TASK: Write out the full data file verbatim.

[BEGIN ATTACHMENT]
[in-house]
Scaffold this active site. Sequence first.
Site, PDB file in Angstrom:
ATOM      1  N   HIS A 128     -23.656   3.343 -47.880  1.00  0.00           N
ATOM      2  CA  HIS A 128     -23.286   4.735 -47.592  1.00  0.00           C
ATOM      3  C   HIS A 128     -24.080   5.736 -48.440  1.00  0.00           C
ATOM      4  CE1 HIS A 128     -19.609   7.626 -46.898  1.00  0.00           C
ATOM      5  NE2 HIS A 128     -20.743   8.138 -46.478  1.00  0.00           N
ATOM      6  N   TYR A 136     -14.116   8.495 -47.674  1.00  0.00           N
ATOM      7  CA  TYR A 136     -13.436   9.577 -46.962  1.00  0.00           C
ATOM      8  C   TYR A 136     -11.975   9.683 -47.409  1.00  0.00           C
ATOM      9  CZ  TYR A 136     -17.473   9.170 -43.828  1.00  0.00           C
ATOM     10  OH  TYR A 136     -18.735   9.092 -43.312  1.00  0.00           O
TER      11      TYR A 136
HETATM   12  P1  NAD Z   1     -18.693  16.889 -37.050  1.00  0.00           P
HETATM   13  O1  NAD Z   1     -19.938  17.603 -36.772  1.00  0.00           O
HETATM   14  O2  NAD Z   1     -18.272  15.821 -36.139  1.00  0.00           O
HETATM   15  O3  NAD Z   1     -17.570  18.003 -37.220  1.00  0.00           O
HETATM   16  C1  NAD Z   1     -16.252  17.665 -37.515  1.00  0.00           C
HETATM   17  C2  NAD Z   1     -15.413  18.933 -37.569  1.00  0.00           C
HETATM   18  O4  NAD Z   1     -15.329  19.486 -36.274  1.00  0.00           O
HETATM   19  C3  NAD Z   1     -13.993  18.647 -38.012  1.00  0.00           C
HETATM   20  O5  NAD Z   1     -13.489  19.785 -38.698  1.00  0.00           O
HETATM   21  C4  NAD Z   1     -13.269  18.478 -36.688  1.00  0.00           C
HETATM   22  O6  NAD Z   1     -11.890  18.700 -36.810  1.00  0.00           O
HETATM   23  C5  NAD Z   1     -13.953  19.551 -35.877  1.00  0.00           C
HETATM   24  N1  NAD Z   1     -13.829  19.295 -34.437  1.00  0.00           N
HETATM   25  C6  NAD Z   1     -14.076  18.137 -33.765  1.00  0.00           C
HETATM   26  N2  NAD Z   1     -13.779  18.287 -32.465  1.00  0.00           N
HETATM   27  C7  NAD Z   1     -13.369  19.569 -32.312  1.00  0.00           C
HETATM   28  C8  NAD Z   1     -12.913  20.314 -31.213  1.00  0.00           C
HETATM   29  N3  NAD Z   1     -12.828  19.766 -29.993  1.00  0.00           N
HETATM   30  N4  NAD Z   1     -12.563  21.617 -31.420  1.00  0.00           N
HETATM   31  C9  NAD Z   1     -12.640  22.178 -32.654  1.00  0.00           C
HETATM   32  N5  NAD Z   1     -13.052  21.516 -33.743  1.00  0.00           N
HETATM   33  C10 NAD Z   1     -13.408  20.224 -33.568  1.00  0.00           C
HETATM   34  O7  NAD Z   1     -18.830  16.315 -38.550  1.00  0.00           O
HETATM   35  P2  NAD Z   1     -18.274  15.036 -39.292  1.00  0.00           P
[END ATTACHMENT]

[in-house]
Scaffold this active site. Sequence first.
Site, PDB file in Angstrom:
ATOM      1  N   HIS A 128     -23.656   3.343 -47.880  1.00  0.00           N
ATOM      2  CA  HIS A 128     -23.286   4.735 -47.592  1.00  0.00           C
ATOM      3  C   HIS A 128     -24.080   5.736 -48.440  1.00  0.00           C
ATOM      4  CE1 HIS A 128     -19.609   7.626 -46.898  1.00  0.00           C
ATOM      5  NE2 HIS A 128     -20.743   8.138 -46.478  1.00  0.00           N
ATOM      6  N   TYR A 136     -14.116   8.495 -47.674  1.00  0.00           N
ATOM      7  CA  TYR A 136     -13.436   9.577 -46.962  1.00  0.00           C
ATOM      8  C   TYR A 136     -11.975   9.683 -47.409  1.00  0.00           C
ATOM      9  CZ  TYR A 136     -17.473   9.170 -43.828  1.00  0.00           C
ATOM     10  OH  TYR A 136     -18.735   9.092 -43.312  1.00  0.00           O
TER      11      TYR A 136
HETATM   12  P1  NAD Z   1     -18.693  16.889 -37.050  1.00  0.00           P
HETATM   13  O1  NAD Z   1     -19.938  17.603 -36.772  1.00  0.00           O
HETATM   14  O2  NAD Z   1     -18.272  15.821 -36.139  1.00  0.00           O
HETATM   15  O3  NAD Z   1     -17.570  18.003 -37.220  1.00  0.00           O
HETATM   16  C1  NAD Z   1     -16.252  17.665 -37.515  1.00  0.00           C
HETATM   17  C2  NAD Z   1     -15.413  18.933 -37.569  1.00  0.00           C
HETATM   18  O4  NAD Z   1     -15.329  19.486 -36.274  1.00  0.00           O
HETATM   19  C3  NAD Z   1     -13.993  18.647 -38.012  1.00  0.00           C
HETATM   20  O5  NAD Z   1     -13.489  19.785 -38.698  1.00  0.00           O
HETATM   21  C4  NAD Z   1     -13.269  18.478 -36.688  1.00  0.00           C
HETATM   22  O6  NAD Z   1     -11.890  18.700 -36.810  1.00  0.00           O
HETATM   23  C5  NAD Z   1     -13.953  19.551 -35.877  1.00  0.00           C
HETATM   24  N1  NAD Z   1     -13.829  19.295 -34.437  1.00  0.00           N
HETATM   25  C6  NAD Z   1     -14.076  18.137 -33.765  1.00  0.00           C
HETATM   26  N2  NAD Z   1     -13.779  18.287 -32.465  1.00  0.00           N
HETATM   27  C7  NAD Z   1     -13.369  19.569 -32.312  1.00  0.00           C
HETATM   28  C8  NAD Z   1     -12.913  20.314 -31.213  1.00  0.00           C
HETATM   29  N3  NAD Z   1     -12.828  19.766 -29.993  1.00  0.00           N
HETATM   30  N4  NAD Z   1     -12.563  21.617 -31.420  1.00  0.00           N
HETATM   31  C9  NAD Z   1     -12.640  22.178 -32.654  1.00  0.00           C
HETATM   32  N5  NAD Z   1     -13.052  21.516 -33.743  1.00  0.00           N
HETATM   33  C10 NAD Z   1     -13.408  20.224 -33.568  1.00  0.00           C
HETATM   34  O7  NAD Z   1     -18.830  16.315 -38.550  1.00  0.00           O
HETATM   35  P2  NAD Z   1     -18.274  15.036 -39.292  1.00  0.00           P